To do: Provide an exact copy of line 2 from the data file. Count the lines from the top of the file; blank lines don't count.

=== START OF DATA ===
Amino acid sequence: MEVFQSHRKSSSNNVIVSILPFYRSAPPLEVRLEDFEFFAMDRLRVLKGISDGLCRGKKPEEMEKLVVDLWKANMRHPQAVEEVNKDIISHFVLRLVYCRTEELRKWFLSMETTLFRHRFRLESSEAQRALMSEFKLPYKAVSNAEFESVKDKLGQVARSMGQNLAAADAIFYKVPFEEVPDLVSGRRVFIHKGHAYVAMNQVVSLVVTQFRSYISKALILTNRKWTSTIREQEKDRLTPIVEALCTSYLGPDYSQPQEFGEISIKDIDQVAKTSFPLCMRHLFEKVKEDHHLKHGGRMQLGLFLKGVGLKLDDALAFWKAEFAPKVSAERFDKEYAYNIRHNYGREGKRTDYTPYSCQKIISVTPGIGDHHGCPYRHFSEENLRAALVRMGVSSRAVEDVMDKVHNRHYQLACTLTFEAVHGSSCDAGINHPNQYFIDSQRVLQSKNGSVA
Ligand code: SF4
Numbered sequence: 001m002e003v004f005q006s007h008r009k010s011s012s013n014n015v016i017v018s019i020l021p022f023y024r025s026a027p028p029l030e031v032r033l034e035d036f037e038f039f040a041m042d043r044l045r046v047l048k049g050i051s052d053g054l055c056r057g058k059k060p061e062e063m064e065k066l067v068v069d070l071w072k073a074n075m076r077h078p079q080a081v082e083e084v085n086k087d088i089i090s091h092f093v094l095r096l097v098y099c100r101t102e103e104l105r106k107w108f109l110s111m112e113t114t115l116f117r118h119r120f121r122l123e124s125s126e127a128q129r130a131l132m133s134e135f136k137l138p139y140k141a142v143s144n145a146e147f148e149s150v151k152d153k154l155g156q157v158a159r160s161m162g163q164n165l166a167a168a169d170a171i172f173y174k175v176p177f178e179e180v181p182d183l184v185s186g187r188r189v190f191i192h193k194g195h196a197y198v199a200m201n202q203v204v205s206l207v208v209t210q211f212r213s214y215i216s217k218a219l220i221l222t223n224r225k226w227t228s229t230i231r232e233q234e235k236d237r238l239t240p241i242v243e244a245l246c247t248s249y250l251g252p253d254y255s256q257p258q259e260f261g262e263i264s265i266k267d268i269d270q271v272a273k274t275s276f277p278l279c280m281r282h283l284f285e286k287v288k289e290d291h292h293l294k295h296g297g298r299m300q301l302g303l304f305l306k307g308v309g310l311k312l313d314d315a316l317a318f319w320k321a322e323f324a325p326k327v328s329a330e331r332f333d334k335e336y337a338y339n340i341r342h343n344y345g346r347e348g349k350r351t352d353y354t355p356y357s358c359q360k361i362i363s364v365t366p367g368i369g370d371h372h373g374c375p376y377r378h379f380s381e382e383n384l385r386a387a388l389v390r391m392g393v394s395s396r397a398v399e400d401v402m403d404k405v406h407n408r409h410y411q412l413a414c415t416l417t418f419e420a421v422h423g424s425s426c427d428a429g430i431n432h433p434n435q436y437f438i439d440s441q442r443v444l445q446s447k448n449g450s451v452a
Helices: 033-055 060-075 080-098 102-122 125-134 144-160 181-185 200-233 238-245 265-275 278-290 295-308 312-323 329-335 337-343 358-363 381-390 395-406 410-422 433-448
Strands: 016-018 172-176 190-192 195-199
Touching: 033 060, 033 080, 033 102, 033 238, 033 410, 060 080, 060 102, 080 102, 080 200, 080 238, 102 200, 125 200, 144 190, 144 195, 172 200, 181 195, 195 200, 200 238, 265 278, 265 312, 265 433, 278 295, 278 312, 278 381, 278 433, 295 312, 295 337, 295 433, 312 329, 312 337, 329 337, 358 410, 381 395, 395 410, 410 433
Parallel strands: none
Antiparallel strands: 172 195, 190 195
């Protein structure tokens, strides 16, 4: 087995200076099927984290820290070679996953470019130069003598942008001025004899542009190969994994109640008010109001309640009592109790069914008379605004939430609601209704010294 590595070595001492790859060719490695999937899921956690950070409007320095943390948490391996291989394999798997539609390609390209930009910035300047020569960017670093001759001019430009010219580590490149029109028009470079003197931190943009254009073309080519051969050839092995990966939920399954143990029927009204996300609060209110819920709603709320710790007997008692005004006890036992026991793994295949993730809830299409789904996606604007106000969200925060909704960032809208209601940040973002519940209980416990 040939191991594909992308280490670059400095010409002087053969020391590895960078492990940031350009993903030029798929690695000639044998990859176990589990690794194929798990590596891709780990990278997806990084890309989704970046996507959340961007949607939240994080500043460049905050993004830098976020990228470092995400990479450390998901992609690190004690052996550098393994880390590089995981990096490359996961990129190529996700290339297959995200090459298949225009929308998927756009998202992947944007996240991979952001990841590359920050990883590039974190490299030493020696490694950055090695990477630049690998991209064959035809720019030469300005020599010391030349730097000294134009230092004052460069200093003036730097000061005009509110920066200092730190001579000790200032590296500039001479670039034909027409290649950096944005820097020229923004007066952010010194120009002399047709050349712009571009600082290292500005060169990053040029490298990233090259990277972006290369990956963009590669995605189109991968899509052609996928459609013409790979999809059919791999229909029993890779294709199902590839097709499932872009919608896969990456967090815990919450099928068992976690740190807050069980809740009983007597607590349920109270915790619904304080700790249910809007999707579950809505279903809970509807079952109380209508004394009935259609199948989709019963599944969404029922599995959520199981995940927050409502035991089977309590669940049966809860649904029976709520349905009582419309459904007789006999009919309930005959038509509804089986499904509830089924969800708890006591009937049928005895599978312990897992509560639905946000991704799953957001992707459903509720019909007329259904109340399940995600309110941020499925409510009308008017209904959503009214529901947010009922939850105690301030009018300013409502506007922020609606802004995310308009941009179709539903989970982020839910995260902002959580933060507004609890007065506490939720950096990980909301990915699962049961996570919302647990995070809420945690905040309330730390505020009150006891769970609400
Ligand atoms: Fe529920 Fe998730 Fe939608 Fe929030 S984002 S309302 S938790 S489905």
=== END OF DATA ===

Ligand code: SF4